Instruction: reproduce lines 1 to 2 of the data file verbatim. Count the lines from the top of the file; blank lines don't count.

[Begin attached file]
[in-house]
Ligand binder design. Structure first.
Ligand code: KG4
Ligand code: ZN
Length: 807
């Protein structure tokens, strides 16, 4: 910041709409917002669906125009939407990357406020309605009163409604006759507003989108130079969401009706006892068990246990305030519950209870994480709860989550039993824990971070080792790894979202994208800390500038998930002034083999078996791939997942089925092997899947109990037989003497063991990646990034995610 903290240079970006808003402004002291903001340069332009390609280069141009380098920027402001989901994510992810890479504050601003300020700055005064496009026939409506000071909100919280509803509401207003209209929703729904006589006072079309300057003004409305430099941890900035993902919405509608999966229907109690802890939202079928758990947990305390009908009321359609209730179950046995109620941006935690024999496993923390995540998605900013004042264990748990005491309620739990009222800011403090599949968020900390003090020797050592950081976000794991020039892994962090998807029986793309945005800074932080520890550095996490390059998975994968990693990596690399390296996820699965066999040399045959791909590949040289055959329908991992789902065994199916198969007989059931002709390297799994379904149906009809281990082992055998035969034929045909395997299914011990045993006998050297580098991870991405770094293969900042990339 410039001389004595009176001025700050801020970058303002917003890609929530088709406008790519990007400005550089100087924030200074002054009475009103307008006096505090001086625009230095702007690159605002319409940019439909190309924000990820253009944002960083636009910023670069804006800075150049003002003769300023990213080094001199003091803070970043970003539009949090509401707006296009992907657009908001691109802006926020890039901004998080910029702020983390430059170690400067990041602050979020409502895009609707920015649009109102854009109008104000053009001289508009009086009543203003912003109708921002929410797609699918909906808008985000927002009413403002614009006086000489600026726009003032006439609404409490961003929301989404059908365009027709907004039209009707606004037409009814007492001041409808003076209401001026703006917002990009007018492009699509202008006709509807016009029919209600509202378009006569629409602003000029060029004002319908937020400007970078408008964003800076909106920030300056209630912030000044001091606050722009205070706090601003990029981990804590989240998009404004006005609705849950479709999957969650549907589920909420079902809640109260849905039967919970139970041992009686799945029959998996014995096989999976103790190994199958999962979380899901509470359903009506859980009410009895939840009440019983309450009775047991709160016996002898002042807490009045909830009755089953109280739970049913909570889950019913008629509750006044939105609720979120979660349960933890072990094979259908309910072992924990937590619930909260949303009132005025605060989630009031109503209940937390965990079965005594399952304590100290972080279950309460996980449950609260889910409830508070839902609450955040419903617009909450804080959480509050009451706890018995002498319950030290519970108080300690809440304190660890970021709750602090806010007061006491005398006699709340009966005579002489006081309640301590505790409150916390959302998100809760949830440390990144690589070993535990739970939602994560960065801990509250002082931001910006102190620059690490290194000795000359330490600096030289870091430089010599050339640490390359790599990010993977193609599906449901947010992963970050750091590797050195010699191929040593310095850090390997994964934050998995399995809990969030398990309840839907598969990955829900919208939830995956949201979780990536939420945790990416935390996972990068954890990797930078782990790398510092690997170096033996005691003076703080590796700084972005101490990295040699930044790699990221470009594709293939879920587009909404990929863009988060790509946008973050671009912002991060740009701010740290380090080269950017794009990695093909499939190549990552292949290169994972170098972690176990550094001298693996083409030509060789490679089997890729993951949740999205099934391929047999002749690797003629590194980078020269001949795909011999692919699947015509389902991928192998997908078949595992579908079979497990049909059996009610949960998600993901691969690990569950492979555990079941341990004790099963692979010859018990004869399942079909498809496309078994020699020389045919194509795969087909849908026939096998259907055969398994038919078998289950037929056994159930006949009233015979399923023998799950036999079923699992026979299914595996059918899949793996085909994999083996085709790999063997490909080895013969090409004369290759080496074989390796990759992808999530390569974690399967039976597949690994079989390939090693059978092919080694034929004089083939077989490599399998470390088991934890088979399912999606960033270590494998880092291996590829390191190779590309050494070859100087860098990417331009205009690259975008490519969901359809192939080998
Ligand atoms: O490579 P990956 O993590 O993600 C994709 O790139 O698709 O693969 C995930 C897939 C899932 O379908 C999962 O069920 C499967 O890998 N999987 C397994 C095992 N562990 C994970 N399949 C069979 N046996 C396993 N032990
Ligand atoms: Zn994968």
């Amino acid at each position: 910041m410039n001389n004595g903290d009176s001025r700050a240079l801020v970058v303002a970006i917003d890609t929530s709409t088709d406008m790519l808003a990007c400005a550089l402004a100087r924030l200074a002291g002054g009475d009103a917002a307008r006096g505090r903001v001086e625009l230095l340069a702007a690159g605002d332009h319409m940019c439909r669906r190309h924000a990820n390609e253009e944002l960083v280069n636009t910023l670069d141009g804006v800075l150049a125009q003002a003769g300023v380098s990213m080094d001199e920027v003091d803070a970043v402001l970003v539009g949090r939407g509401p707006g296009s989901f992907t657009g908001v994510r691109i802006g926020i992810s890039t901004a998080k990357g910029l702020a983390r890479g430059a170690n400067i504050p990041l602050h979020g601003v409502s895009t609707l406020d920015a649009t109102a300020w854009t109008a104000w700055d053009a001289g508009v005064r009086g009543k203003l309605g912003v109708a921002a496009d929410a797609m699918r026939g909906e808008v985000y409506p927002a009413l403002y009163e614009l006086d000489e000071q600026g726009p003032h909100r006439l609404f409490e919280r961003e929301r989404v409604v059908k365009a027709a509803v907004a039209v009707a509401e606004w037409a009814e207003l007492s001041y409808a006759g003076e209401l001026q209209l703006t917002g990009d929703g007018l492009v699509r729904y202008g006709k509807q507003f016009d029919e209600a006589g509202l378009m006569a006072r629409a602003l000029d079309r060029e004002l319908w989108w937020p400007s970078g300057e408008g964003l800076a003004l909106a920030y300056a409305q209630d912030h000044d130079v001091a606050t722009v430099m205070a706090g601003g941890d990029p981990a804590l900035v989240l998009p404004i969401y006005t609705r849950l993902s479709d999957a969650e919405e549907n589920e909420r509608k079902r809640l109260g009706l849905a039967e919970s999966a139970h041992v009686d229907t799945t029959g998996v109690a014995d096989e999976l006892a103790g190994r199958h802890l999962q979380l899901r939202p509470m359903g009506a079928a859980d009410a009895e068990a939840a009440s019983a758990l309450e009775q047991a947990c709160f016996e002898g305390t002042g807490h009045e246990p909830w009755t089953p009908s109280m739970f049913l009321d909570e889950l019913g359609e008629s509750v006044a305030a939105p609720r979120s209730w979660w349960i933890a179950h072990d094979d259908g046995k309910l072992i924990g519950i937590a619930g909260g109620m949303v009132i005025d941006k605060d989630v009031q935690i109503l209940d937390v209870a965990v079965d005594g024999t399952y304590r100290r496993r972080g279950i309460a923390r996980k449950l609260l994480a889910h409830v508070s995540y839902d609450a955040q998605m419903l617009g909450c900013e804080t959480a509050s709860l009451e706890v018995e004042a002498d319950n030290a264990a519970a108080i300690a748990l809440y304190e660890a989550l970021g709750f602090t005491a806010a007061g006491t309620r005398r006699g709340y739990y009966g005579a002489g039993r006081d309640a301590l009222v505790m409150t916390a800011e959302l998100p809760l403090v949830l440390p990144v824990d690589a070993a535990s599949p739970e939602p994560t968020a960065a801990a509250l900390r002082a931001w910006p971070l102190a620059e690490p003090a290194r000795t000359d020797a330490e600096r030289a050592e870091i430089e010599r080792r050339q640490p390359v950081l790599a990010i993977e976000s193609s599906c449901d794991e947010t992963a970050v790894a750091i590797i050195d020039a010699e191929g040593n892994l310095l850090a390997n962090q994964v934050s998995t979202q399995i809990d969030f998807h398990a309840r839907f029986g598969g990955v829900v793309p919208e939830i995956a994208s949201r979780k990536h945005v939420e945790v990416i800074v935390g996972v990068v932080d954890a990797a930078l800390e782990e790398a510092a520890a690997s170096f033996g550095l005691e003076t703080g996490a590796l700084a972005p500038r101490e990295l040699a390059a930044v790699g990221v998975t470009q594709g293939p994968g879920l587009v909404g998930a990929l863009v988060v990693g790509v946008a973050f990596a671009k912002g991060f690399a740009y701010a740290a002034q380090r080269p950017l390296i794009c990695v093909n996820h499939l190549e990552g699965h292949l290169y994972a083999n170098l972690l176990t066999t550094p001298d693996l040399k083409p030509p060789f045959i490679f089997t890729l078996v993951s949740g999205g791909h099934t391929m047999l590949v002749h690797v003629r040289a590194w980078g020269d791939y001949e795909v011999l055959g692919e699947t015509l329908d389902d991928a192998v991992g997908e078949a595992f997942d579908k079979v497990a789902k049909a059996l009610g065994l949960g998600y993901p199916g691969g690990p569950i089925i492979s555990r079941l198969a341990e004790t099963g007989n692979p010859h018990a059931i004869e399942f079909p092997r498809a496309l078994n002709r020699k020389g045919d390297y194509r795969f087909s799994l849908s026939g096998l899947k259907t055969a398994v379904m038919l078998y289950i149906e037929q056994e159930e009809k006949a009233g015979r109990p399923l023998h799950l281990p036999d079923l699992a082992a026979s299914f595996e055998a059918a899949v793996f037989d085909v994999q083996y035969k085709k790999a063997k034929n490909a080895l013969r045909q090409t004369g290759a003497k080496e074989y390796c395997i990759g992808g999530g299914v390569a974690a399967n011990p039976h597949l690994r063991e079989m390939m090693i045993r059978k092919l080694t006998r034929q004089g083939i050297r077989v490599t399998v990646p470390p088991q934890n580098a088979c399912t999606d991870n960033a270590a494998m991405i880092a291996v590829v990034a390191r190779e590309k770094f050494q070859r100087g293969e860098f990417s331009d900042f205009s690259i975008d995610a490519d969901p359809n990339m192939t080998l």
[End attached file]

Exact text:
[in-house]
Ligand binder design. Structure first.